VMD is designed for the visualization and analysis of biological systems such as proteins, nucleic acids, lipid bilayer assemblies, etc. It may be used to view more general molecules, as VMD can read standard Protein Data Bank (PDB) files and display the contained structure. VMD provides a wide variety of methods for rendering and coloring Molecule. VMD can be used to animate and analyze the trajectory of molecular dynamics (MD) simulations, and can interactively manipulate molecules being simulated on remote computers (Interactive MD).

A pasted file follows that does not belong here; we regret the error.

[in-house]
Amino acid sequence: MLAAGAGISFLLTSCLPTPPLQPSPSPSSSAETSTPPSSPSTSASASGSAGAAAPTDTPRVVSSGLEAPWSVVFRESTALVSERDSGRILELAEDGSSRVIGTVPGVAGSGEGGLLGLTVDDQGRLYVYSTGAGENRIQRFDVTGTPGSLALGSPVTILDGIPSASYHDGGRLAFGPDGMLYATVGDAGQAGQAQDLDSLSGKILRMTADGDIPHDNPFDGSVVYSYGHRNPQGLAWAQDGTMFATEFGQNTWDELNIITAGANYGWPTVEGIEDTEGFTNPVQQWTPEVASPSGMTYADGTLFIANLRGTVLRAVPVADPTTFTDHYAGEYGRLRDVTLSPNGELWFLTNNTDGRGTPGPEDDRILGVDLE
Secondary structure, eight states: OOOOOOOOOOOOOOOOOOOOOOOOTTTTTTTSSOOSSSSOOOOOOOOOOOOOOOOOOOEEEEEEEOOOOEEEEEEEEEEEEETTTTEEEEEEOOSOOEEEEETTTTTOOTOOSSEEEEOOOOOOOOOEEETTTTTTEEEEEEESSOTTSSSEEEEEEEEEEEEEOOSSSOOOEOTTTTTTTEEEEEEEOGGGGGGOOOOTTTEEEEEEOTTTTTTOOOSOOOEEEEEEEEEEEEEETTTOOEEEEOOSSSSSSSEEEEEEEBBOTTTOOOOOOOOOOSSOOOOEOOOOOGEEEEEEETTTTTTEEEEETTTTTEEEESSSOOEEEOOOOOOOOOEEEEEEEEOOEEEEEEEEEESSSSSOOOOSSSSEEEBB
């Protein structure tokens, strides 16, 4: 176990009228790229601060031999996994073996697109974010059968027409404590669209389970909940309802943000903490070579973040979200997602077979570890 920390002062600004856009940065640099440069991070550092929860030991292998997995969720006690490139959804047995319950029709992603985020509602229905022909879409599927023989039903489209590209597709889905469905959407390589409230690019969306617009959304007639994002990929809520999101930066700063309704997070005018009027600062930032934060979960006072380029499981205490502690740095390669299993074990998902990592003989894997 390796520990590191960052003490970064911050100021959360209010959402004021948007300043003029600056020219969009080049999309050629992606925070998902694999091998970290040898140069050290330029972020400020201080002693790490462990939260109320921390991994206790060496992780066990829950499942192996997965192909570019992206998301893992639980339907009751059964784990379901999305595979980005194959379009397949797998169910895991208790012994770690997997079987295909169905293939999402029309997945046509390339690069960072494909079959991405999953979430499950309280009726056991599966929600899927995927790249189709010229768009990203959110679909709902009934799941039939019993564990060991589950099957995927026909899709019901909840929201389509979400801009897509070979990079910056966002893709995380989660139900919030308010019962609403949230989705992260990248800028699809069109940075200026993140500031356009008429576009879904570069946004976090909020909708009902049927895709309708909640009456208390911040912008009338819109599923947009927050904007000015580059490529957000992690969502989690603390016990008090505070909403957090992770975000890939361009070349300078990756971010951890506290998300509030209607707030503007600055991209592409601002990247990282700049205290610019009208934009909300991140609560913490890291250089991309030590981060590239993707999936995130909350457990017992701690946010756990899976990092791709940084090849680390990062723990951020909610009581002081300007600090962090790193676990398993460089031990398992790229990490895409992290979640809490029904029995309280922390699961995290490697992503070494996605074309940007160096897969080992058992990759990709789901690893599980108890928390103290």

Key features of VMD include: Support for all major computer platforms Support for multicore processors Support for GPU accelerated computation Many excellent VMD tutorials developed locally, and by the research community at large No limits on the number of molecules, atoms, residues or number of trajectory frames, except available memory Many molecular rendering and coloring methods Stereo display capability Extensive atom selection syntax for choosing subsets of atoms for display (includes boolean operators, regular expressions, and more) Support for over 60 molecular file formats and data types through an extensive library of built-in file reader/writer plugins and translators VMD includes a multiple sequence alignment plugin, a unified bioinformatics analysis environment that allows one to organize, display, and analyze both sequence and structure data for proteins and nucleic acids. Ability to export displayed graphics to files which may be processed by a number of popular ray tracing and image rendering packages, including POV-Ray, Rayshade, Raster3D, and Tachyon. User-extensible graphical and text-based user Interfaces, built-on standard Tcl/Tk and Python scripting languages Extensions to the Tcl language which enable researchers to write their own routines for molecular analysis